Anna had planned to attend college, maybe join a sorority, and perhaps someday counsel individuals with alcohol and drug addiction. She worked diligently to compose an admission’s essay that would explain “a life event that shaped who you are.” These are Anna’s words:
My junior year of high school was anything but normal.
My life now is anything but normal. November 25, 2009 I was diagnosed with stage four Ewing’s Sarcoma. Just like any other teenager, I felt invincible and I was enjoying life as much as I could. I had a future to look forward to, and I was eager to greet it. When I was diagnosed this all seemed to change. The world did not stop, my life wasn’t put on hold, and neither was anyone else’s. Wouldn’t that have been great? If for the nine months of fourteen chemotherapy treatments, thirty-one radiation treatments, and fifty plus days spent in the hospital the entire world would stop and wait for me to return to not only rejuvenated health and strength but also normalcy. Maybe that’s selfish to ask but if everyone’s lives stopped it wouldn’t make a difference. When I use the word normal to describe how I wished my junior year would have gone this includes everyday teenage girl interactions and experiences. Reading The Great Gatsby is normal. Watching the high school football team lose 81 to 0 is normal, at least at my high school it is. Studying for a physics test is normal. Singing every word to “Tik Tok” by Ke$ha with friends is normal. I don’t consider being hooked up to an IV every two weeks as normal. I don’t consider having someone else’s blood administered into my veins as normal. I don’t consider learning more medical jargon or more about the hemoglobin of my blood than about modern literature as normal. Normal is not skipping the pages in the magazines that talk about hair care because you don’t have any hair to care for. I don’t consider having nightmares about peers seeing you without your wig as normal. I don’t see my peers’ fingernails and toenails falling off. While these all seem problematic to my life, there have been some deviations I would never want to give up. Not many people are told by strangers how much they are loved. Not many people have websites established in their honor with people all over the world promising devotion of their daily prayers. Not many people are regularly reminded to what magnanimous extent they are making others proud.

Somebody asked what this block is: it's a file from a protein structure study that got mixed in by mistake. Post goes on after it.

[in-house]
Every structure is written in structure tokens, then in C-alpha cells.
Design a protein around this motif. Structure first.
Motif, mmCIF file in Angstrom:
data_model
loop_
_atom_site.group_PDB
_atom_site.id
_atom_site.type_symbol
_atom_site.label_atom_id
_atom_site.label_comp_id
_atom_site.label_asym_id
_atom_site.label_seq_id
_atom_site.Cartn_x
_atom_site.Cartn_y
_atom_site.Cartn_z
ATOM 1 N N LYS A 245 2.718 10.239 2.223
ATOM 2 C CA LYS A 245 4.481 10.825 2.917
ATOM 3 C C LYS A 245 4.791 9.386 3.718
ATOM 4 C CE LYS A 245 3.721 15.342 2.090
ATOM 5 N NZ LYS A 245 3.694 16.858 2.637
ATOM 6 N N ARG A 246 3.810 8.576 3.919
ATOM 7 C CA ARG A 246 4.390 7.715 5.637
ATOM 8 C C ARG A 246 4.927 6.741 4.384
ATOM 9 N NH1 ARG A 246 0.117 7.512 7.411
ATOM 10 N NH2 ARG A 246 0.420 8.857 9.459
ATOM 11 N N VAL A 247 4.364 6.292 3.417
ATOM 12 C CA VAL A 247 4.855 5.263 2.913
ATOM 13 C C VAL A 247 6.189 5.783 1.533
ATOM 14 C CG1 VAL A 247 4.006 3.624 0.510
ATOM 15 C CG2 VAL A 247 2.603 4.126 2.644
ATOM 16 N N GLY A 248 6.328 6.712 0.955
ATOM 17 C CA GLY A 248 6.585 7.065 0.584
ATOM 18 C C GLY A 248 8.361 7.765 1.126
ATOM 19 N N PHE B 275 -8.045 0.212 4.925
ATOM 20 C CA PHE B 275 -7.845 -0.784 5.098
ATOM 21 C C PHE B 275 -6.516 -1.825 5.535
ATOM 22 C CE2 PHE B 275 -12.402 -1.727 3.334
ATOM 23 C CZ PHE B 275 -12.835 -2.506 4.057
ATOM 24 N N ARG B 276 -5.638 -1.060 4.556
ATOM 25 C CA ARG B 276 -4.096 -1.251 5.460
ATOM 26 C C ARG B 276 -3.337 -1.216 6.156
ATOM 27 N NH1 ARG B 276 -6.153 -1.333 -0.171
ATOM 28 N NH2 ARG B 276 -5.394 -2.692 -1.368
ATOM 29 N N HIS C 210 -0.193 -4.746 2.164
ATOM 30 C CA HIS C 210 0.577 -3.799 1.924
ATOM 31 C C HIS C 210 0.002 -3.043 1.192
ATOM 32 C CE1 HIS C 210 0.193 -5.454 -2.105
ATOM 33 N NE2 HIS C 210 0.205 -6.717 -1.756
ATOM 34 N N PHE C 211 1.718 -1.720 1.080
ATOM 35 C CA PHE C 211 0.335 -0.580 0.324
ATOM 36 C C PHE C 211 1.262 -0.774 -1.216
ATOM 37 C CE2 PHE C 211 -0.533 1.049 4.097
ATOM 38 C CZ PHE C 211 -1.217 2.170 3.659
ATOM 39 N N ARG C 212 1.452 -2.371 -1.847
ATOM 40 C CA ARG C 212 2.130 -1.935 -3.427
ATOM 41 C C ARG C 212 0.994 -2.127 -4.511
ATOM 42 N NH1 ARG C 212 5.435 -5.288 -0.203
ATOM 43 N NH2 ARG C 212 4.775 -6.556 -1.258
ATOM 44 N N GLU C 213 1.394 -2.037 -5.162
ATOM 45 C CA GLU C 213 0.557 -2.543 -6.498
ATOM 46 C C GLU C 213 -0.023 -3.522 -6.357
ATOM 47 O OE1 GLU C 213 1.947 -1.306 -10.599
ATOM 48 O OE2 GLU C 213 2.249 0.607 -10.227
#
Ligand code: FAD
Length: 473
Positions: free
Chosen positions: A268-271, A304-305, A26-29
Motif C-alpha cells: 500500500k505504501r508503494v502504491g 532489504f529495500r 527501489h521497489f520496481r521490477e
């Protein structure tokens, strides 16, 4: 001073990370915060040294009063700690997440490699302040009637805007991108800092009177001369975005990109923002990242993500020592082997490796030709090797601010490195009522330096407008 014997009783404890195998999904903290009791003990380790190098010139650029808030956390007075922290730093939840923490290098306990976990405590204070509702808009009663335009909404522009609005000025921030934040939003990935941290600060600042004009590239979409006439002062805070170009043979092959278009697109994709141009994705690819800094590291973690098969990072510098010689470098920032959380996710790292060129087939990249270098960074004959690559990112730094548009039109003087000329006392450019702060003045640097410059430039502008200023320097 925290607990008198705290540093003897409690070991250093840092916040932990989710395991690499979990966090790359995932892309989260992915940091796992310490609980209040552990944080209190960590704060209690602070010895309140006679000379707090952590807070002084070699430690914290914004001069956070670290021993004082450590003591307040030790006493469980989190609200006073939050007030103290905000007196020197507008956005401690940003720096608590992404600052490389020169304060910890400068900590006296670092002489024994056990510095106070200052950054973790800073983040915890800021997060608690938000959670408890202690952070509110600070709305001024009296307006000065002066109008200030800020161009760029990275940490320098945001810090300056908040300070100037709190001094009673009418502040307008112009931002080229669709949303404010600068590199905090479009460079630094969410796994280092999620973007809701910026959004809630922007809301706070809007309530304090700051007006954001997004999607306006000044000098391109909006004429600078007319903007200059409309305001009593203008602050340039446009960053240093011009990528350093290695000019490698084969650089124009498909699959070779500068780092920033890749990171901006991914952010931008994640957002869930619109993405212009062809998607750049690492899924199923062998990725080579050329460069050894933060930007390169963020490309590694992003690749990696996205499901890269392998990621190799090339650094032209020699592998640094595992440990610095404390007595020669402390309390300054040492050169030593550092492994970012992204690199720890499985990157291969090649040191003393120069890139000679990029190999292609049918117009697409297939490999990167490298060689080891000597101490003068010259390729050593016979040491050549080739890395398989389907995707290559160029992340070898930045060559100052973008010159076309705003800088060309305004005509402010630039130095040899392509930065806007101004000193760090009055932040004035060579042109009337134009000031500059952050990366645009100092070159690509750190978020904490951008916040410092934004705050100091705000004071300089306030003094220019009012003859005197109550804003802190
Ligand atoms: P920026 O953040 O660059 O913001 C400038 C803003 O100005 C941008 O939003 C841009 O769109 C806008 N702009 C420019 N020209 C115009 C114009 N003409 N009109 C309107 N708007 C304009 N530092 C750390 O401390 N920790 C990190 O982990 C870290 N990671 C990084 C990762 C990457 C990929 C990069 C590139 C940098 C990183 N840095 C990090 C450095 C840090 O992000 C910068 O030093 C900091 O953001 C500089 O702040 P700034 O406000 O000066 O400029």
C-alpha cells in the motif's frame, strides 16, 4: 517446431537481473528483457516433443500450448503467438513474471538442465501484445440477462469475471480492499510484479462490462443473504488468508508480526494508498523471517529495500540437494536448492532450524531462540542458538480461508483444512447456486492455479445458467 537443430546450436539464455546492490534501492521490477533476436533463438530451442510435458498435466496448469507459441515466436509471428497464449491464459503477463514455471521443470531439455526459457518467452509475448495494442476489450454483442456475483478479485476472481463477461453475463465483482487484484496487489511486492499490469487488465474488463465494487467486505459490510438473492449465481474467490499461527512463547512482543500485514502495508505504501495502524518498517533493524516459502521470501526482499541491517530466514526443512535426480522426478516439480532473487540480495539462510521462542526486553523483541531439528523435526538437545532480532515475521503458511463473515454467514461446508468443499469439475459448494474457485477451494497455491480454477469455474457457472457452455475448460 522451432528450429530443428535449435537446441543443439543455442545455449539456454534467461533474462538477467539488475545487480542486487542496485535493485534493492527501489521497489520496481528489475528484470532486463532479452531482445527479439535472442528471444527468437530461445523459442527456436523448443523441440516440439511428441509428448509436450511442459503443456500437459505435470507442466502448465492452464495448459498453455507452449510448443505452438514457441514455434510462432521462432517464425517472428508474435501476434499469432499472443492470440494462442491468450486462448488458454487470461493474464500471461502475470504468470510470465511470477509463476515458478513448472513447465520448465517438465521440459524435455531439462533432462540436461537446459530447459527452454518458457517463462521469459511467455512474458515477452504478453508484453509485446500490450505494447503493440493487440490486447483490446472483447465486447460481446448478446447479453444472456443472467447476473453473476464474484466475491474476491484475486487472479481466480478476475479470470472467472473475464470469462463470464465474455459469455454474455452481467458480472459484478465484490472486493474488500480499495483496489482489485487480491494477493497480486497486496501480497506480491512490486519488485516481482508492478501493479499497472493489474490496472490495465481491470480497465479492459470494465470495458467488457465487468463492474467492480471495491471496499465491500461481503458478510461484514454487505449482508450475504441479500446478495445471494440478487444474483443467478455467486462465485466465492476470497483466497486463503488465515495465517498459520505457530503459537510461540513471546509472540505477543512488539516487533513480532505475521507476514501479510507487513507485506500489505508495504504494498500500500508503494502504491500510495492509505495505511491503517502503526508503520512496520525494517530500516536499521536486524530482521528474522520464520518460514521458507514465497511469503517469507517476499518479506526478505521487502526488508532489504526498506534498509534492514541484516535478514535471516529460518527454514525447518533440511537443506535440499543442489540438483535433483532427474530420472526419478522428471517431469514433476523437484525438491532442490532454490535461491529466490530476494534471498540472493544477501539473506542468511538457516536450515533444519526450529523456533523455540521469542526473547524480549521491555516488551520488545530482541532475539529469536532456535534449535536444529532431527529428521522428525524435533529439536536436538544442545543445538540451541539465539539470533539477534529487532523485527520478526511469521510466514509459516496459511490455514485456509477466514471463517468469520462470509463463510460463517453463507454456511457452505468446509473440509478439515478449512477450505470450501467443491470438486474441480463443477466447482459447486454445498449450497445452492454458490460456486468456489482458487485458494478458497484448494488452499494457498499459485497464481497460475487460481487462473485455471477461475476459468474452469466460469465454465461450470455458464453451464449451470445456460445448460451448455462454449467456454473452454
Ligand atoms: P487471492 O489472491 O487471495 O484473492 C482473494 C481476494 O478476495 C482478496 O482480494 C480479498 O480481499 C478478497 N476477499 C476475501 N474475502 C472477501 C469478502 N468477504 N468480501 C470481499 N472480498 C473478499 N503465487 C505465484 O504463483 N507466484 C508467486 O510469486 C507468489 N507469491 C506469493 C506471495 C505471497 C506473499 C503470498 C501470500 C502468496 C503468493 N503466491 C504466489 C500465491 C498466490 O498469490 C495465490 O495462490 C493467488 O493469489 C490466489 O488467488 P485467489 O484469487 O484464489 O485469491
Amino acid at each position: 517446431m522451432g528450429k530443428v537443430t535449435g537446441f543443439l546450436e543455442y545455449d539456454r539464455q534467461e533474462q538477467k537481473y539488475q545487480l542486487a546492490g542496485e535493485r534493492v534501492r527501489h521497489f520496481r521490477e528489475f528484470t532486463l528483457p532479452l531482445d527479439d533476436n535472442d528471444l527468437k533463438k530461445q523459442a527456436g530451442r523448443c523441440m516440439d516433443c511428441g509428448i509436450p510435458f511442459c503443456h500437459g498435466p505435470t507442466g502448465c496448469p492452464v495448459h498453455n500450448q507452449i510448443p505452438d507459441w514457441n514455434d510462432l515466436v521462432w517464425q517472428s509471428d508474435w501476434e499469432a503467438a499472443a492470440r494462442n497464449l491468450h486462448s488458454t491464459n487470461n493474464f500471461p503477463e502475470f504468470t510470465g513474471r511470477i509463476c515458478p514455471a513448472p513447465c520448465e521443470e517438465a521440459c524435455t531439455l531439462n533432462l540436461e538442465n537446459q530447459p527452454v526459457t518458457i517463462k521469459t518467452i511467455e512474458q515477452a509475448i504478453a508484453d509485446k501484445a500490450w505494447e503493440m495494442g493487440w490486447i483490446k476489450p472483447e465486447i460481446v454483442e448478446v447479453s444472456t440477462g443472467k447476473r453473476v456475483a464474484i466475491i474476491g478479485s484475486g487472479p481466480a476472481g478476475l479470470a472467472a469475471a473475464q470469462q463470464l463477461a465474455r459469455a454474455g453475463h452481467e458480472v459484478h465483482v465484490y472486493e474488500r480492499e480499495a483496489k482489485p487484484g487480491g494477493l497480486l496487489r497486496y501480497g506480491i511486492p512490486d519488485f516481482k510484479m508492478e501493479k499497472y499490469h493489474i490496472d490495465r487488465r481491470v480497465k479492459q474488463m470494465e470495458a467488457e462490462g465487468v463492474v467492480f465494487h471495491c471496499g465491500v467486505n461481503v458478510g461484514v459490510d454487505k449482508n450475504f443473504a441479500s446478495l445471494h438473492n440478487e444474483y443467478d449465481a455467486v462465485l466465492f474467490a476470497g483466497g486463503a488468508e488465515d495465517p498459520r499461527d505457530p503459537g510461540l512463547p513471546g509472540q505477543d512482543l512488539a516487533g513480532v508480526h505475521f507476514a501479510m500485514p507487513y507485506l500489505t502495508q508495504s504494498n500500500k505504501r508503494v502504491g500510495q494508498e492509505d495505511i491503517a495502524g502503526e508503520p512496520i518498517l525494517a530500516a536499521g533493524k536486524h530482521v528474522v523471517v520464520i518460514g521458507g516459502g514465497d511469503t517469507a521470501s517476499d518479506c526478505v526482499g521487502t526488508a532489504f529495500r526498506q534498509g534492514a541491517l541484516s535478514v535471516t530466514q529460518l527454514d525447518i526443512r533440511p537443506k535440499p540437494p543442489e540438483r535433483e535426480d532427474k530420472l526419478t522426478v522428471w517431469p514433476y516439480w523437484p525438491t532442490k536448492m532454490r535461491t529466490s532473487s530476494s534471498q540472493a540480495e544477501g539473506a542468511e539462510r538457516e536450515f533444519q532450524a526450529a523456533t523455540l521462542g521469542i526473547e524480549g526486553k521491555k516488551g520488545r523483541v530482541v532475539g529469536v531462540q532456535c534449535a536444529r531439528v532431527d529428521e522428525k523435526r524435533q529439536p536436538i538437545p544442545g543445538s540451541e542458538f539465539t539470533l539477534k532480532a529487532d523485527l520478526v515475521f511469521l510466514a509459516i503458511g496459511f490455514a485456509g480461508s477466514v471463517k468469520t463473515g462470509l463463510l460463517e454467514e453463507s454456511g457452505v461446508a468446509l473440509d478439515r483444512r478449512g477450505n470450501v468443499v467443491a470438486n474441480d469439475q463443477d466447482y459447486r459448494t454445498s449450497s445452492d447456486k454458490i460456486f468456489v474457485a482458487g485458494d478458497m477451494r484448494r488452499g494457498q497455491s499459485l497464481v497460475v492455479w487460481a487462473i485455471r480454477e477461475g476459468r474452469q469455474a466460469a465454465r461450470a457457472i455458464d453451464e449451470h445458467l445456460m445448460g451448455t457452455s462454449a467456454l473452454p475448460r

While this essay may seem pessimistic, that is not my intention whatsoever. My purpose is to emphasize the newfound appreciation I have for my “abnormal” life. Because without this disease’s impact on my life, I may still be blinded from some of the world’s most genuine gifts like most teenagers today. I have learned now to see each new day as a privilege because not everyone has the opportunity to live so freely. Most girls my age infest their brains with thoughts of peer influence, boys, and materialism… if I could say one thing to those girls it would be to enjoy living simply, while you can. I worry I did not take advantage of the times when my biggest concern was how I was going to spend my Friday night. While I am grateful to have a better grasp on the true ingenuities of life, I still do hold some jealousy of the girls that live without a real care in the world.
I guess you could say there are varying definitions of the word “normal.” Webster’s Dictionary defines normal as “conforming to the standard or common type.” Since when has life become about “conforming” to what is “standard”? My newfound description of what normal should be is “living to breathe, not breathing to live” regardless of what else could be going on. Despite the fact I am a teenager battling stage four Ewing’s Sarcoma, I am still living and breathing at this moment and that is normal.